The Blagojevich case is so mind boggling that I've had a hard time making sense of it. Probably the best explanation of the forces at play comes from the always-reliable Michael Barone, who has a long history of studying Chicago politics (and everywhere else, for that matter). His astringent take is here. Two money quotes:
I've long since come to the conclusion that Rod Blagojevich is clearly the stupidest governor in all of our 50 states, and he may be the stupidest governor I've had occasion to write about in the four decades when I've been co-author of The Almanac of American Politics. And a stupid man (or woman) in high political office can be very dangerous to all concerned. I have long said that as a political operative I would prefer a smart opponent to a stupid opponent. If you're pretty smart yourself, you should be able to figure out what another pretty smart person will do. But whether you're smart or stupid, it's hard to figure out what a stupid person will do. That's even more true when the stupid politician is your political ally. Stupid people do all sorts of things that are against their own interests. Like tell the press on Monday that you wouldn't mind being taped, even when (as we learned on Tuesday) that you've been saying all kinds of things that you should have known could easily send you to the slammer.
Stupider than Sarah Palin? And here we had it on good authority that wasn't possible. And then there's this primer on how it works in Chicago:
"The most fascinating part is yet to be told," Jennifer Rubin writes, "how someone this unhinged gets to be governor and gets re-elected without anyone blowing the whistle." Well, the short answer is that this is Chicago, and Chicago politics is unique, as I argued in this blogpost, which starts off with an examination of the question how the unrepentant terrorist William Ayers thrived in the Chicago civic establishment or what I call le tout Chicago. The answer to the question of how Ayers and Blagojevich rose is family connections. Ayers is the son of a former Chairman of Commonwealth Edison (now Exelon). Blagojevich is the son-in-law of 33rd Ward Democratic Committeeman Dick Mell. Ward committeemen are hugely important in Chicago politics: Dan Rostenkowski and his father had been the 32nd ward committeemen from 1935 to 1995; the ward committeemen from the 11th ward since some time in the 1940s have been Richard J. Daley, Richard M. Daley and John Daley; the 13th ward committeeman Bill Lipinski, retiring suddenly from Congress in 2004, was able to get the Democratic nomination for his son Dan Lipinski from a group of ward committeemen despite the fact that Dan Lipinski was a political science professor at the University of Tennessee and hadn't lived in Chicago for years.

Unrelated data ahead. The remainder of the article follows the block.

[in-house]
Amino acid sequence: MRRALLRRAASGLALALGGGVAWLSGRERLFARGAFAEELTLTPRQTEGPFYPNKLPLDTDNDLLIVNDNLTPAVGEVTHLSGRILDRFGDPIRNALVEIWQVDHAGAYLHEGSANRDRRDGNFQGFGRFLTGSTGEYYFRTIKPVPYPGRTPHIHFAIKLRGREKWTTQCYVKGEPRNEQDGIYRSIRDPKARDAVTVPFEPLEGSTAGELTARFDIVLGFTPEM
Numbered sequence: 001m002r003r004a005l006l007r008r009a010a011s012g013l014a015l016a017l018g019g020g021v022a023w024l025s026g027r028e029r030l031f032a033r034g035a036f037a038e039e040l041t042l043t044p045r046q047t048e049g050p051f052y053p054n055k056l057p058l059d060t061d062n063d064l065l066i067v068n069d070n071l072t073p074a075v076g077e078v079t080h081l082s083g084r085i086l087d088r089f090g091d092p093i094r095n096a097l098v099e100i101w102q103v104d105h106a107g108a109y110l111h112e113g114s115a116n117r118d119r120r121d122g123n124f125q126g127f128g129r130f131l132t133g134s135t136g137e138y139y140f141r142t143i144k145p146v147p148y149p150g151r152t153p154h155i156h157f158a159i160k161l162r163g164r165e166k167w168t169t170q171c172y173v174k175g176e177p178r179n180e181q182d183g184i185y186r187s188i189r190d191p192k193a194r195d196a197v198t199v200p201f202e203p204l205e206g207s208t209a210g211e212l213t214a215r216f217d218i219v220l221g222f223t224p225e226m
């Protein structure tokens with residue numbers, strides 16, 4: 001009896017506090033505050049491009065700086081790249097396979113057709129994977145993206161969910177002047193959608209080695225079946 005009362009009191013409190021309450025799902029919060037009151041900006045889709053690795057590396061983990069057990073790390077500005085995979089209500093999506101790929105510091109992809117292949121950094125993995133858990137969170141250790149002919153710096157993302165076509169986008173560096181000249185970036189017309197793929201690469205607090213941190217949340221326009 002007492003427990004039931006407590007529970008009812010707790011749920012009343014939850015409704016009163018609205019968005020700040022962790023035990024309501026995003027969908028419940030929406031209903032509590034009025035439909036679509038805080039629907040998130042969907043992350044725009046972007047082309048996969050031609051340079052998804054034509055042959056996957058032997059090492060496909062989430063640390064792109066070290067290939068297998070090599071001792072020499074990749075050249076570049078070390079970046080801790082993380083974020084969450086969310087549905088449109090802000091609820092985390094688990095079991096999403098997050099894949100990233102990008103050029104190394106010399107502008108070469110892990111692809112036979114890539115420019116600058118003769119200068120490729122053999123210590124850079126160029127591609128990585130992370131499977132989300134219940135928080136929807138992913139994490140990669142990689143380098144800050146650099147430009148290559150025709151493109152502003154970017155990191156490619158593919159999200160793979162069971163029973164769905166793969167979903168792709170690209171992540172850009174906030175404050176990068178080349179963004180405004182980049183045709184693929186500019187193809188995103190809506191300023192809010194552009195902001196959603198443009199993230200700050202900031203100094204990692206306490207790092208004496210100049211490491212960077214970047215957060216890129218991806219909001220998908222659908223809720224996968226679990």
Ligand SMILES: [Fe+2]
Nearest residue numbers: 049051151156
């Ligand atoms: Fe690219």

The Lipinski case is probably the most egregious case of how it works. In Chicago the wards are the modern-day equivalent of fiefdoms. Blago marrying a Mell was good enough to get him entree into Chicago politics. As it happens, Blago's perch prior to running for the governor's office was as a Congressman. The seat once belonged to Dan Rostenkowski, who became one of the most powerful men in Washington before he was derailed in a scandal of his own. Blago took the seat away from a Republican placeholder who won the seat when Rosty went down. Interestingly, the seat is now held by Rahm Emanuel.
There's a lot more in Barone's piece, including insights on Jesse Jackson Jr. and David Axelrod. Read the whole thing.